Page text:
Monday morning and there’s one donut less than there should be.

Keen observers note the reduced mass straight away but stay silent, because saying, “Hey, is that only seven donuts?” would betray their donut experience. It’s not great for your career to be known as the person who can spot the difference between seven and eight donuts at a glance. Everyone studiously avoids mentioning the missing donut until Roger turns up and sees the empty plate.

Roger says, “Where’s my donut?”

Elizabeth dabs at her mouth with a piece of paper towel. “I only took one.” Roger looks at her. “What?”

“That’s a defensive response. I asked where my donut was. You tell me how many you took. What does that say?”

“It says I took one donut,” Elizabeth says, rattled.

“But I didn’t ask how many donuts you took. Naturally I would assume you took one. But by taking the trouble to articulate that assumption, you imply, deliberately or otherwise, that it’s debatable.”

Elizabeth puts her hands on her hips. Elizabeth has shoulder-length brown hair that looks as if it has been cut with a straight razor and a mouth that could have done the cutting. Elizabeth is smart, ruthless, and emotionally damaged; that is, she is a sales representative. If Elizabeth’s brain was a person, it would have scars, tattoos, and be missing one eye. If you saw it coming, you would cross the street. “Do you want to ask me a question, Roger? Do you want to ask if I took your donut?”

Roger shrugs and begins filling his coffee cup. “I don’t care about a missing donut. I just wonder why someone felt the need to take two.”

“I don’t think anyone took two. Holly and I were here first. Catering must have shorted us.”

“That’s right,” Holly says.

Roger looks at her. Holly is a sales assistant, so has no right to speak up at this point. Freddy, also a sales assistant, is wisely keeping his mouth shut. But then, Freddy is halfway through his own donut and has a mouthful. He is postponing swallowing because he’s afraid he’ll make an embarrassing gulping noise.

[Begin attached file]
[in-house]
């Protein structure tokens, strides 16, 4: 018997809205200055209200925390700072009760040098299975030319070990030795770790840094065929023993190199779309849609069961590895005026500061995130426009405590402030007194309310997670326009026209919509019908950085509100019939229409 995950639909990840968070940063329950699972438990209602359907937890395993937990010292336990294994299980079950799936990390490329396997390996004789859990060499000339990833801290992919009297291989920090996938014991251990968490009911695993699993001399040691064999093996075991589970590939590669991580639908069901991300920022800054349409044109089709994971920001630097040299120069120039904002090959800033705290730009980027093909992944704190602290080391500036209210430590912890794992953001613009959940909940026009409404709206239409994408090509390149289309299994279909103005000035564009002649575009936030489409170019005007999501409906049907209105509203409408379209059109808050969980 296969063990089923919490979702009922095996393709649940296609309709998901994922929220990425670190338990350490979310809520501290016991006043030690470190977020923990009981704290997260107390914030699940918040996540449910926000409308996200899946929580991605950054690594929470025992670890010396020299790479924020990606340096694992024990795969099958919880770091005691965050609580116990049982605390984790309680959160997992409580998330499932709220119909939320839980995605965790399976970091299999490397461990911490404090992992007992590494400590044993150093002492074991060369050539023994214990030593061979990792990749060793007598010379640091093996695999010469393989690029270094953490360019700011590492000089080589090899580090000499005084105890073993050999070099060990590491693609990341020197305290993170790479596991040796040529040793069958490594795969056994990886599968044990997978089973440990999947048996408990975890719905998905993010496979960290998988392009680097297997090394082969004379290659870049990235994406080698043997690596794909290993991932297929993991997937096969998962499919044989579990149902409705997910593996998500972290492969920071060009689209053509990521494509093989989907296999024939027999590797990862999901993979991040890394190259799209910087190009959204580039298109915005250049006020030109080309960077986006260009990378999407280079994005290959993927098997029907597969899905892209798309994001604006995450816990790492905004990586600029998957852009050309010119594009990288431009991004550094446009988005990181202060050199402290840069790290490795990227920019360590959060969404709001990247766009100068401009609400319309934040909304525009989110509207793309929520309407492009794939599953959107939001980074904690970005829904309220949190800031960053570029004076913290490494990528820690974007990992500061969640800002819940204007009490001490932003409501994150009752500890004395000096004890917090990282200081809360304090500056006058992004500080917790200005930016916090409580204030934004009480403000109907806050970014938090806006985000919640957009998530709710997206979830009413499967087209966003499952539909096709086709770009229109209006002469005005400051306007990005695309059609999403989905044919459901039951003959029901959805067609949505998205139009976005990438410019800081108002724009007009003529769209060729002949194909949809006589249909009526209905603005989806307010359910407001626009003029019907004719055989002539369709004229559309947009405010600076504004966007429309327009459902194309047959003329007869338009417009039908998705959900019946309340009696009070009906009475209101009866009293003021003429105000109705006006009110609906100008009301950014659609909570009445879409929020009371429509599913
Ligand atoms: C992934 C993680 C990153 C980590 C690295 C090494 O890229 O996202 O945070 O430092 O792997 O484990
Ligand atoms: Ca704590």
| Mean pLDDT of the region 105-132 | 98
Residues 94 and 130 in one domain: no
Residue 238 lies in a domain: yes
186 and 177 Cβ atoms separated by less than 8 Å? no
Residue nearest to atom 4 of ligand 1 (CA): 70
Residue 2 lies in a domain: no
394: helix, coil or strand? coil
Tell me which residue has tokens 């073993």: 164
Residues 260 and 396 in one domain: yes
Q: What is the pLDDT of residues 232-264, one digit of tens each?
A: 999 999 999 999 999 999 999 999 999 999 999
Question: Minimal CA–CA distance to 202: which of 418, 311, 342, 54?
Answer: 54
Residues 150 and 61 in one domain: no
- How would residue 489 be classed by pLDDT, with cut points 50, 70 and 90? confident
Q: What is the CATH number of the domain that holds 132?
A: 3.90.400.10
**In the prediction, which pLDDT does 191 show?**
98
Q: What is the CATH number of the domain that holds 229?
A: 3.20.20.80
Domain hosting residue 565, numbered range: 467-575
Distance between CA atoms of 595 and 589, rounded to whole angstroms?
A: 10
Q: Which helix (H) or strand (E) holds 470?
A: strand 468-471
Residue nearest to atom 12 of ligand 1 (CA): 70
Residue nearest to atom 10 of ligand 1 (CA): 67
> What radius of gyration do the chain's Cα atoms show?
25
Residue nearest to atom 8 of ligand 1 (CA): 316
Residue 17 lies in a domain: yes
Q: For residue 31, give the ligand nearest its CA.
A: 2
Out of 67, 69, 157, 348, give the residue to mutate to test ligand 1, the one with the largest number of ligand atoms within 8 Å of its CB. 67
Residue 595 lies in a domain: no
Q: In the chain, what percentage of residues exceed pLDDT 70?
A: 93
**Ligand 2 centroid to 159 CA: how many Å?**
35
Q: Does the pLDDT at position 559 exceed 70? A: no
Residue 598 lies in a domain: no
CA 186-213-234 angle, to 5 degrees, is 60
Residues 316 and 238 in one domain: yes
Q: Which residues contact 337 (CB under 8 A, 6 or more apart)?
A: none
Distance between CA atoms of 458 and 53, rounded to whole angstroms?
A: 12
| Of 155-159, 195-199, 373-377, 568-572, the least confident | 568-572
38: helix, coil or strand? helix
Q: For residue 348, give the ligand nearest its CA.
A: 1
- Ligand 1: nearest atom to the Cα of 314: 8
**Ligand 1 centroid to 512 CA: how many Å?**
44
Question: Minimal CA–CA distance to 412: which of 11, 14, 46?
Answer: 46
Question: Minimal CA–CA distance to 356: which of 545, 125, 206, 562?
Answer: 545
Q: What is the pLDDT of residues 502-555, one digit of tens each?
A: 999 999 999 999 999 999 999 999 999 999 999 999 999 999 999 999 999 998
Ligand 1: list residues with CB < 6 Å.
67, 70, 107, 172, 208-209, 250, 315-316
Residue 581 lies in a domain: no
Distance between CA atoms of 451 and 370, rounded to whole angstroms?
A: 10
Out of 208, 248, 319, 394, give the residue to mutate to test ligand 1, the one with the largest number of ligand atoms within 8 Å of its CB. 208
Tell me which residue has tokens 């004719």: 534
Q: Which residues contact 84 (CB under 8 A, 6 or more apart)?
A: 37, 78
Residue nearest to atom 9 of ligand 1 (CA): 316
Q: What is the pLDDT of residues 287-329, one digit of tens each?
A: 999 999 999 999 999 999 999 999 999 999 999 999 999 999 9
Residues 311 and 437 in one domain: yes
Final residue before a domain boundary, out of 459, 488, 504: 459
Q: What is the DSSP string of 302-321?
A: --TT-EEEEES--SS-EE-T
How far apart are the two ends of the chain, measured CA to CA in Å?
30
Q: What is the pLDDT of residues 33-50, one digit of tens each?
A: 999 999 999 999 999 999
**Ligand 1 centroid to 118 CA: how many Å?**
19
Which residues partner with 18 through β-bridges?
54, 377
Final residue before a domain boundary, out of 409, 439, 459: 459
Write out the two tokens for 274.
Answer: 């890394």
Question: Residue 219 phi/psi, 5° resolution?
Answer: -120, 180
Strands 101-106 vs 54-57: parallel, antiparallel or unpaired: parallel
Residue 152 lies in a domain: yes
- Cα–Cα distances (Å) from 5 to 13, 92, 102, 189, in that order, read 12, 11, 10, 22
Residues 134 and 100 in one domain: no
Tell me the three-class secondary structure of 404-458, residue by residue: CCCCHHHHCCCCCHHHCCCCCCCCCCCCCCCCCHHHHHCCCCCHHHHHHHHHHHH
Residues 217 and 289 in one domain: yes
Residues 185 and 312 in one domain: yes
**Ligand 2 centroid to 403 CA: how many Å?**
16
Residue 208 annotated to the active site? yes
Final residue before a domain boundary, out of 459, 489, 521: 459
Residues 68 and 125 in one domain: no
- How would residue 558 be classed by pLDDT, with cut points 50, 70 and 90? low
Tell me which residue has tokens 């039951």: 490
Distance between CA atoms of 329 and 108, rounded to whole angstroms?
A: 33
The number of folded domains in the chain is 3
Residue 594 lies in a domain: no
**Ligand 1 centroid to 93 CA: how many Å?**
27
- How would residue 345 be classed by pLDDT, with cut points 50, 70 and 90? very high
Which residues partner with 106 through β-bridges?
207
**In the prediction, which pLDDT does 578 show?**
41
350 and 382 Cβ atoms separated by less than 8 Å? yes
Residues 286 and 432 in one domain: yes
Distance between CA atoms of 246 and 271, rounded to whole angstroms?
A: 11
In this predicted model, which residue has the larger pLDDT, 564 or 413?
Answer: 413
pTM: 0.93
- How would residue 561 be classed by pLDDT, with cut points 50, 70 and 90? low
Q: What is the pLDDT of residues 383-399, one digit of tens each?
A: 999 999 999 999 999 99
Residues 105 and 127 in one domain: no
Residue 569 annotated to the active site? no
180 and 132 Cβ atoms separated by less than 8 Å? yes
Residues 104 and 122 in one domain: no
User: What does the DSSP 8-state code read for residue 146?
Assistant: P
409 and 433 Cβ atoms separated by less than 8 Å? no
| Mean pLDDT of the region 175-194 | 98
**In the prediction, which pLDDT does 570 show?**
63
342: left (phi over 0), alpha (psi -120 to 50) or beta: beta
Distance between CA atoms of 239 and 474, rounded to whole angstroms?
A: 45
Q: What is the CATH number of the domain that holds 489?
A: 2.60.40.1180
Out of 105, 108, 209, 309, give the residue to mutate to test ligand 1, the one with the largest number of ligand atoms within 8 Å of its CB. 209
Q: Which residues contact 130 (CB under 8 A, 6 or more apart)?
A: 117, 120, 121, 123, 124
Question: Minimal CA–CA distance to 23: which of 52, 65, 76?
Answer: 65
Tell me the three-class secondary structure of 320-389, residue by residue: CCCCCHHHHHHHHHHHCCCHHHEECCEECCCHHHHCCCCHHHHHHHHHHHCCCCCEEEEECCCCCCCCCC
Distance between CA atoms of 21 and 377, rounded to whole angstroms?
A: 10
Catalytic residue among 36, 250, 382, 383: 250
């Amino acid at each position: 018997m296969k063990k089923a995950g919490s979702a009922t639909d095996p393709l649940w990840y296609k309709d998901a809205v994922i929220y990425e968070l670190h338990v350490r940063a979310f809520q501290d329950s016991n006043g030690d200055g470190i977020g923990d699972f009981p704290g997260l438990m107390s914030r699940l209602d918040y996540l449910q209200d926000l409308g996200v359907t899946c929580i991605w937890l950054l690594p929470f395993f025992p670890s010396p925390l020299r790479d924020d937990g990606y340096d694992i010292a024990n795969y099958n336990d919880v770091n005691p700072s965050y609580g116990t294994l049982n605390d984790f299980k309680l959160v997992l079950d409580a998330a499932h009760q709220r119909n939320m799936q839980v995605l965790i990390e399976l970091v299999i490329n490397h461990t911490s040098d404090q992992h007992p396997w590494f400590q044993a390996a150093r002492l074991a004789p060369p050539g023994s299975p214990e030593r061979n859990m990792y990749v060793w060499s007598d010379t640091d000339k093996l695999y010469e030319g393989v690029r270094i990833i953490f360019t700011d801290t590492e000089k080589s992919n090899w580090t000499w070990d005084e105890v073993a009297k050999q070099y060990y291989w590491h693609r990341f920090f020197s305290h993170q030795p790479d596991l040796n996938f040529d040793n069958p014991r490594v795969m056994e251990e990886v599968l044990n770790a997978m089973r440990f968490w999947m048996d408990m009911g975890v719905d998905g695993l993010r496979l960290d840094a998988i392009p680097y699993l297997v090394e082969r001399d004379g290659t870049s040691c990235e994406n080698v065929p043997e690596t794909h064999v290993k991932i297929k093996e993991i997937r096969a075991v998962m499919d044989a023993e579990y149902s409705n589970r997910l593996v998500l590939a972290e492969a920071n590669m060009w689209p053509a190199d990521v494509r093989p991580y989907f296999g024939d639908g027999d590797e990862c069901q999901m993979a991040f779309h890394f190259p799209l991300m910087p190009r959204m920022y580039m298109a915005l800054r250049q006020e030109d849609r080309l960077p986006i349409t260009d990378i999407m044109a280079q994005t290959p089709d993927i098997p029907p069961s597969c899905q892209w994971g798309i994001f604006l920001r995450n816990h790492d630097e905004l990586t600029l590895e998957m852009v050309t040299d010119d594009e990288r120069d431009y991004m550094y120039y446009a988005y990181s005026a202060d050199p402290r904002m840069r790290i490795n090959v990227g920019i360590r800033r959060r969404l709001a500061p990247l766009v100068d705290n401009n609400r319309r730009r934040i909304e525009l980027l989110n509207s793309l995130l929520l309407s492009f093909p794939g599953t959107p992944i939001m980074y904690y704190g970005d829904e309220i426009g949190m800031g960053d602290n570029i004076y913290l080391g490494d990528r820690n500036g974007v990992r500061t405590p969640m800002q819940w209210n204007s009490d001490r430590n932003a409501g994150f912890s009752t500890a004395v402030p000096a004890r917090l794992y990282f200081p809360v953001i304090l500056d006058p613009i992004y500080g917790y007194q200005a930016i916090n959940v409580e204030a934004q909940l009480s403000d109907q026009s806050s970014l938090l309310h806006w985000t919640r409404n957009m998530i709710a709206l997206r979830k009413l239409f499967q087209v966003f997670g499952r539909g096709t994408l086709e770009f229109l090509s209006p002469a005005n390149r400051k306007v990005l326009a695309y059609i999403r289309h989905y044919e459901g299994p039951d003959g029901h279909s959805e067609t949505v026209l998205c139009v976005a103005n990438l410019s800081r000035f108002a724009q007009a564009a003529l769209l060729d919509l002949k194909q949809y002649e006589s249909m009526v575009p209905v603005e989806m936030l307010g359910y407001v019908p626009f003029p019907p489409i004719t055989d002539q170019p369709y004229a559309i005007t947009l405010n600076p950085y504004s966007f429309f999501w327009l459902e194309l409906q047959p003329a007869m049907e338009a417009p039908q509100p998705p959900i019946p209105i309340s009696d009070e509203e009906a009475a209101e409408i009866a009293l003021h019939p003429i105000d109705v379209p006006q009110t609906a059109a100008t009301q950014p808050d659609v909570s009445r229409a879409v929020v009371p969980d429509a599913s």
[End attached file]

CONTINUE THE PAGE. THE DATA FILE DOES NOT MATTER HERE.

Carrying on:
Holly wilts under Roger’s stare. Elizabeth says, “Roger, we saw Catering put them out. We were standing right here.”

“Oh,” Roger says. “Oh, I’m sorry. I didn’t realize you were staking out the donuts.”

“We weren’t staking them out. We just happened to be here.”

“Look, it doesn’t bother me one way or the other.” Roger picks up a sachet of sugar and shakes it as if it’s in need of discipline: wap-wap-wap-wap. “I just find it interesting that donuts are so important to some people that they stand around waiting for them. I didn’t know donuts were the reason we show up here every day. I’m sorry, I thought the idea was to improve shareholder value.”

Elizabeth says, “Roger, how about you talk to Catering before you start making accusations. All right?” She walks off. Holly trails her like a remora.

Roger watches her go, amused. “Trust Elizabeth to get upset over a donut.”

Freddy swallows. “Yeah,” he says.

The Zephyr Holdings building sits nestled among the skyscrapers of Seattle’s Madison Street like a tall, gray brick. It is bereft of distinguishing features. You could argue that it has a certain neutral, understated charm, but only if you are willing to apply the same logic to prisons and 1970s Volvos. It is a building designed by committee: all they have been able to agree is that it should be rectangular, have windows, and not fall over.